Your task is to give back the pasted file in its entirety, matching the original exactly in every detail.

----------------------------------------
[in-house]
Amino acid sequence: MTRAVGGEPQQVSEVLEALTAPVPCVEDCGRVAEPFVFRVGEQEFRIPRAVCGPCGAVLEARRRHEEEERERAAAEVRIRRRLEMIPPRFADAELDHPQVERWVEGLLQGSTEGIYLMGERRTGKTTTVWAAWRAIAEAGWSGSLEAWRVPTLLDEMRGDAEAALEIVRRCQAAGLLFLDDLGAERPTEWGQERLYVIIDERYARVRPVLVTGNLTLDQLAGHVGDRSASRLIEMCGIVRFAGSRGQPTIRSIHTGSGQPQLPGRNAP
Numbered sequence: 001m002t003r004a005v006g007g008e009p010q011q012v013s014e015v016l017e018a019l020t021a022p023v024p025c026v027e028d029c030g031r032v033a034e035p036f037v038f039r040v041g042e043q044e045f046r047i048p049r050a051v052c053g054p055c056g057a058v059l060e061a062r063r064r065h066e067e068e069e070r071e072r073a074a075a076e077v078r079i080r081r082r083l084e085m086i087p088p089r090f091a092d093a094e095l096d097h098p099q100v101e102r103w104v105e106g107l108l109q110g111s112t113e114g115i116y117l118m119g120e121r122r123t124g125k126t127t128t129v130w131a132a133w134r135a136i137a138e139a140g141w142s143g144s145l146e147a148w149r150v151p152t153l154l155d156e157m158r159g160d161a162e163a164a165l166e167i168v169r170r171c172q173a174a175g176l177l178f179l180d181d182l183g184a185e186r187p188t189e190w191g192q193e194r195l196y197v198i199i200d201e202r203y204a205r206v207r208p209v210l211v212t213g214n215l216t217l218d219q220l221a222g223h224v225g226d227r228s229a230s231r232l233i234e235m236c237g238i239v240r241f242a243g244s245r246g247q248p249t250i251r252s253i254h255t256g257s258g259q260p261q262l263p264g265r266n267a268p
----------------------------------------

[in-house]
Amino acid sequence: MTRAVGGEPQQVSEVLEALTAPVPCVEDCGRVAEPFVFRVGEQEFRIPRAVCGPCGAVLEARRRHEEEERERAAAEVRIRRRLEMIPPRFADAELDHPQVERWVEGLLQGSTEGIYLMGERRTGKTTTVWAAWRAIAEAGWSGSLEAWRVPTLLDEMRGDAEAALEIVRRCQAAGLLFLDDLGAERPTEWGQERLYVIIDERYARVRPVLVTGNLTLDQLAGHVGDRSASRLIEMCGIVRFAGSRGQPTIRSIHTGSGQPQLPGRNAP
Numbered sequence: 001m002t003r004a005v006g007g008e009p010q011q012v013s014e015v016l017e018a019l020t021a022p023v024p025c026v027e028d029c030g031r032v033a034e035p036f037v038f039r040v041g042e043q044e045f046r047i048p049r050a051v052c053g054p055c056g057a058v059l060e061a062r063r064r065h066e067e068e069e070r071e072r073a074a075a076e077v078r079i080r081r082r083l084e085m086i087p088p089r090f091a092d093a094e095l096d097h098p099q100v101e102r103w104v105e106g107l108l109q110g111s112t113e114g115i116y117l118m119g120e121r122r123t124g125k126t127t128t129v130w131a132a133w134r135a136i137a138e139a140g141w142s143g144s145l146e147a148w149r150v151p152t153l154l155d156e157m158r159g160d161a162e163a164a165l166e167i168v169r170r171c172q173a174a175g176l177l178f179l180d181d182l183g184a185e186r187p188t189e190w191g192q193e194r195l196y197v198i199i200d201e202r203y204a205r206v207r208p209v210l211v212t213g214n215l216t217l218d219q220l221a222g223h224v225g226d227r228s229a230s231r232l233i234e235m236c237g238i239v240r241f242a243g244s245r246g247q248p249t250i251r252s253i254h255t256g257s258g259q260p261q262l263p264g265r266n267a268p